Date: October 4, 2010
Author(s): Jamie Fletcher
For PC enthusiasts, the name Corsair is a familiar one. The company has long been producing many products to help us fill out our PC builds, including chassis, PSUs, SSDs and of course, memory. Recently, the company has launched yet another new category of product – audio – and the first product to grace it is the HS1 gaming headset.
Corsair has been slowly expanding its product range over the years. No more the simple memory company, it’s expanded into power supplies, water-cooling, cases, solid-state drives and USB flash memory. It may not come as a surprise, but a new item to the list will be audio, or in this case a USB headset.
Like many other companies, Corsair is really building up its brand name by tailoring towards gamers and pro-consumers. Thankfully, it’s going by the quality rather than quantity strategy… one only needs to look at its H50/70 water-coolers, 800D case and rock-solid power supplies.
Coming up, we’ll be taking a look at Corsair’s latest and first release into the audio segment of the gaming market with its HS1 USB Headset. At around $100, it sits in with a tough crowd, such as the Logitech G35 and Sennheiser PC330. The HS1 is a circumaural or over-ear headset with a closed-back design for passive noise cancelling.
The HS1 is also USB-based and thus uses its own drivers. For some this may be a problem since it will bypass your current soundcard and any CPU offloading and audio enhancements it may provide, but if you have a decent soundcard, you’d probably have a decent set of headphones already. The HS1 uses stereo 50mm drivers rather than the more common 40mm and yes, those extra 10mm really makes a difference to sound quality.
The HS1 also brings something rather unique to this price-range by using memory foam for the support pads. This evens out the pressure of the rather large 50mm drivers as well as conforming to your head shape with the headband also well padded. The pads are fabric backed rather than the more common pleather which has a habit of peeling and causing you to sweat.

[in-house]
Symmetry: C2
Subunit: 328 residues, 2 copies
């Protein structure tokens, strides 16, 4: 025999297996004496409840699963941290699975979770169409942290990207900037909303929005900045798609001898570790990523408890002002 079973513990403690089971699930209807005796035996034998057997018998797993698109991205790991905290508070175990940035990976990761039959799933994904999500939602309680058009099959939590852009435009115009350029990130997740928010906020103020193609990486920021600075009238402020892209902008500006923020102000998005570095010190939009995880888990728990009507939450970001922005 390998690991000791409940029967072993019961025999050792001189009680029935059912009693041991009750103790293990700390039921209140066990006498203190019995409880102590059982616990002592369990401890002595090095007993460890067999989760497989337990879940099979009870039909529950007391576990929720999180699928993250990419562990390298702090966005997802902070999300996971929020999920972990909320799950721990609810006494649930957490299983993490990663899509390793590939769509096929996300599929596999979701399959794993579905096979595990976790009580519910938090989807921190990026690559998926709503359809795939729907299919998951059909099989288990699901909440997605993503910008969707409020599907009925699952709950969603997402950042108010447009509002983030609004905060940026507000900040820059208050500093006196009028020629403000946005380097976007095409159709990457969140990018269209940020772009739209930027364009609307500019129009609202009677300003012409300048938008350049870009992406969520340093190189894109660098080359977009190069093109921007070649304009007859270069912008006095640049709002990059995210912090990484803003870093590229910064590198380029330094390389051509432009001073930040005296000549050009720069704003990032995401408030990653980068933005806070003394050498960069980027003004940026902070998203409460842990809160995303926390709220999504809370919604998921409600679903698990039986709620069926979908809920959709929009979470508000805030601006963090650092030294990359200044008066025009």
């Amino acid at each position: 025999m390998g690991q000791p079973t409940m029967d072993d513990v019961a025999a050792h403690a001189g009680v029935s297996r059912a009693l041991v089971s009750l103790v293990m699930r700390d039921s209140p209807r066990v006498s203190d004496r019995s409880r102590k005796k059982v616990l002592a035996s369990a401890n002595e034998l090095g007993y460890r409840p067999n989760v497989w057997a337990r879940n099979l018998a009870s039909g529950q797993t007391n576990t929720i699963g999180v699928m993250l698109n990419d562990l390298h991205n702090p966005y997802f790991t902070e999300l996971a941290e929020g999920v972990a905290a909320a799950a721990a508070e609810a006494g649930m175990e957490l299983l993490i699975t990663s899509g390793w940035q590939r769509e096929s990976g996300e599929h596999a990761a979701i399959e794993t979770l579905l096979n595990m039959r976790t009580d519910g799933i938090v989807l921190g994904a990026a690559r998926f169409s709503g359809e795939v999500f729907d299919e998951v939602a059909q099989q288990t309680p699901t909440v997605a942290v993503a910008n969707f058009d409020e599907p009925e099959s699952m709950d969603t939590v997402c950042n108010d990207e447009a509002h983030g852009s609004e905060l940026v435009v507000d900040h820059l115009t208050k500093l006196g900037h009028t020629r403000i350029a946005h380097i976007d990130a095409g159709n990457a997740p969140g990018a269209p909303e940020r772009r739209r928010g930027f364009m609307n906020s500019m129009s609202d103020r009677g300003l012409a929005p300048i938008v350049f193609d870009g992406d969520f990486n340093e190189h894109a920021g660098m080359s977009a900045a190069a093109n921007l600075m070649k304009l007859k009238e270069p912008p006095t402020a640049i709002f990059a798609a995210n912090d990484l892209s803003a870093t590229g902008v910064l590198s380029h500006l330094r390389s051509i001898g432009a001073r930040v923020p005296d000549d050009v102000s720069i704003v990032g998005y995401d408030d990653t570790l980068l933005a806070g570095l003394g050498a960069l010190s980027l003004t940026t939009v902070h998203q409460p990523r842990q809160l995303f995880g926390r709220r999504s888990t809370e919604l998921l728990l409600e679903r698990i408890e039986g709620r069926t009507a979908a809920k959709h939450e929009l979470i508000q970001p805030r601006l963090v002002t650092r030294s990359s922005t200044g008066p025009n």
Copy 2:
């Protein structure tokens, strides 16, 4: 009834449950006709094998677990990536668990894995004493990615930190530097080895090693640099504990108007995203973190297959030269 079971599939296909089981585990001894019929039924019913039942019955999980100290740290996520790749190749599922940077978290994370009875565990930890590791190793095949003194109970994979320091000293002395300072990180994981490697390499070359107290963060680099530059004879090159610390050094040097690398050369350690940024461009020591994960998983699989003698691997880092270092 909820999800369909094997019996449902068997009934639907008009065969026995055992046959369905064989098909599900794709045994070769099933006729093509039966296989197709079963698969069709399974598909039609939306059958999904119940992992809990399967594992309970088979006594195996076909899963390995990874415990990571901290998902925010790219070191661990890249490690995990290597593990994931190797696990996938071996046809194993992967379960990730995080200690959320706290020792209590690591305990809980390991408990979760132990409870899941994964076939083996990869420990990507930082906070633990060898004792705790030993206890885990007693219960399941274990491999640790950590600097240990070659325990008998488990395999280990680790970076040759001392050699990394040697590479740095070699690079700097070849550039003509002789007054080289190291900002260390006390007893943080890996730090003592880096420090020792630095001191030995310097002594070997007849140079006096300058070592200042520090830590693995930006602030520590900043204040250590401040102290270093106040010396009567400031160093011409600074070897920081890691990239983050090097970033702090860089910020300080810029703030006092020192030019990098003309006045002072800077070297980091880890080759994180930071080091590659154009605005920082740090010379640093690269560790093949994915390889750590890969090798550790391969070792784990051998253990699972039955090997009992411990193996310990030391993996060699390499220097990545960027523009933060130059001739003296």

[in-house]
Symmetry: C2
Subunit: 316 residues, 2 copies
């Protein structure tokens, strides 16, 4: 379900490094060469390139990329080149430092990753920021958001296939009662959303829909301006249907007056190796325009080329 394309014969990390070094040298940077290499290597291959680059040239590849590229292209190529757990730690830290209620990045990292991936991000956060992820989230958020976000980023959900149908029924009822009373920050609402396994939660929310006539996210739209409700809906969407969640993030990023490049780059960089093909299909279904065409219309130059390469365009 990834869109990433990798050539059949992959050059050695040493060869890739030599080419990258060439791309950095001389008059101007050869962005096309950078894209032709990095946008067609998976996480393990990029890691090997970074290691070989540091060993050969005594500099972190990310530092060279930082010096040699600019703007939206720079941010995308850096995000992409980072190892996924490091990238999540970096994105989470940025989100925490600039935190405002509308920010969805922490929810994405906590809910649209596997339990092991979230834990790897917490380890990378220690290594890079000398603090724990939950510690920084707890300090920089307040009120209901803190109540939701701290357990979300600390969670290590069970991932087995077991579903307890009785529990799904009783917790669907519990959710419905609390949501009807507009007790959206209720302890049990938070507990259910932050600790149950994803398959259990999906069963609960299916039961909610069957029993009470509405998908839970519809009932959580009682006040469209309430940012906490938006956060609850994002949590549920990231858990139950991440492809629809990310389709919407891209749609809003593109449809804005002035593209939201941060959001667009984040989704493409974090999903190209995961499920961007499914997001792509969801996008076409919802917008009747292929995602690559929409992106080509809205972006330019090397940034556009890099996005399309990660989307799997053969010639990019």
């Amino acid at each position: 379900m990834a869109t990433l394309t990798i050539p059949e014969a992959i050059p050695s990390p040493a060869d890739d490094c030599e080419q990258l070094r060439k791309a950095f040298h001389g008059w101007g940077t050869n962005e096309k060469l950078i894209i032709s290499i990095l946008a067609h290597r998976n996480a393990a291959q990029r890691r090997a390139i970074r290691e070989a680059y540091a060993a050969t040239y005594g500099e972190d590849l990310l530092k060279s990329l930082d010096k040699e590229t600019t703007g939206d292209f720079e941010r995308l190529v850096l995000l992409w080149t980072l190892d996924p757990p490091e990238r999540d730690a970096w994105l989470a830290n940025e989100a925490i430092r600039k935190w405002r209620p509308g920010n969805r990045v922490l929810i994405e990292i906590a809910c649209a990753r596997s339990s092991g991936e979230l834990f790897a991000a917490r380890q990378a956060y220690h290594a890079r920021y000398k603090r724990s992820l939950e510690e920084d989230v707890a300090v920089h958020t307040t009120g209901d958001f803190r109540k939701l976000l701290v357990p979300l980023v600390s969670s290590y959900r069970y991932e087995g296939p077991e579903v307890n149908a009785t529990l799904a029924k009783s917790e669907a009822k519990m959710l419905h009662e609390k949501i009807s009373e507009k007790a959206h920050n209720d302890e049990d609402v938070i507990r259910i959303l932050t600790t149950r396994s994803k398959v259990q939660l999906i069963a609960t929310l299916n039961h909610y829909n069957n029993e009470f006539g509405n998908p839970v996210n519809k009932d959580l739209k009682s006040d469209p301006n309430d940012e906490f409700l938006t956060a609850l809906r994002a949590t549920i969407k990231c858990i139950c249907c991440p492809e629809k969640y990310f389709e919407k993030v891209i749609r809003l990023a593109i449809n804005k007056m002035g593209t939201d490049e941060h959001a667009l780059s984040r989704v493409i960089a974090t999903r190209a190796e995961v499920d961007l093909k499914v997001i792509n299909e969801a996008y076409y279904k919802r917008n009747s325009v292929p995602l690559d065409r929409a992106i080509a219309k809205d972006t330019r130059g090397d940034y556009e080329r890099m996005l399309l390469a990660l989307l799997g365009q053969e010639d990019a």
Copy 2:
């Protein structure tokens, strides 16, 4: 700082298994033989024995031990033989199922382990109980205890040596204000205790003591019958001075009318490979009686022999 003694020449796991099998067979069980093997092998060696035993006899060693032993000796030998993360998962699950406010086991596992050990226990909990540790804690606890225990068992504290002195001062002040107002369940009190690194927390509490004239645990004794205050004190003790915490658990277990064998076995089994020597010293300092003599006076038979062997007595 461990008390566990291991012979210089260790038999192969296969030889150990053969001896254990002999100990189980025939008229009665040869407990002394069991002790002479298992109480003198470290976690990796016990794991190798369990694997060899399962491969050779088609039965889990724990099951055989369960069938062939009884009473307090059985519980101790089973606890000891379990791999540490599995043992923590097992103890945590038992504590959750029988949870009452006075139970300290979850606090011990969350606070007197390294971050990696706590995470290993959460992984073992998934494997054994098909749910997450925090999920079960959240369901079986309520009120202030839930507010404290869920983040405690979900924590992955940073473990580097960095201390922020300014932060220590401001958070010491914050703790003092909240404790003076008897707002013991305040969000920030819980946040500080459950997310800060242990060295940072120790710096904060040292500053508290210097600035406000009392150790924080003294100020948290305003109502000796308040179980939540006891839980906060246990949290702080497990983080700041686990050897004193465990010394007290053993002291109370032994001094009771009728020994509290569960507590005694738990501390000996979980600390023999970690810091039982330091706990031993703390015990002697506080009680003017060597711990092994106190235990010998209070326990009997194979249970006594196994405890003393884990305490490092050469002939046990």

The pads are also replaceable with spares being made available on the Corsair website at a later date with an estimated price of $10. The boom type microphone is of the noise cancelling variety and easily rotates out of the way.
The in-line volume control is of a simple nature, providing large buttons for volume and a small central button for microphone mute. For added convenience, the lights around the volume control change from blue for mic active, to red for mute. After a fair bit of use, you may notice it running rather warm.
The headset can partially collapse to reduce its foot-print for easier storage. These are not the prettiest things in the world, but they more than make up for it when it comes to audio quality as we shall find out with our subjective testing.
Plugging the HS1 straight into an available USB port will result in Windows automatically installing default drivers and you’ll being up and going straight away – albeit with poor audio quality. In order to get the best out of them, you’ll need to install the drivers on the provided CD. Once installed, you will be told to reboot. If you cannot hear anything through them, you’ll have to make sure you change the default audio output under Control Panel – Sound and set the Corsair HS1 USB Headset as the default speakers.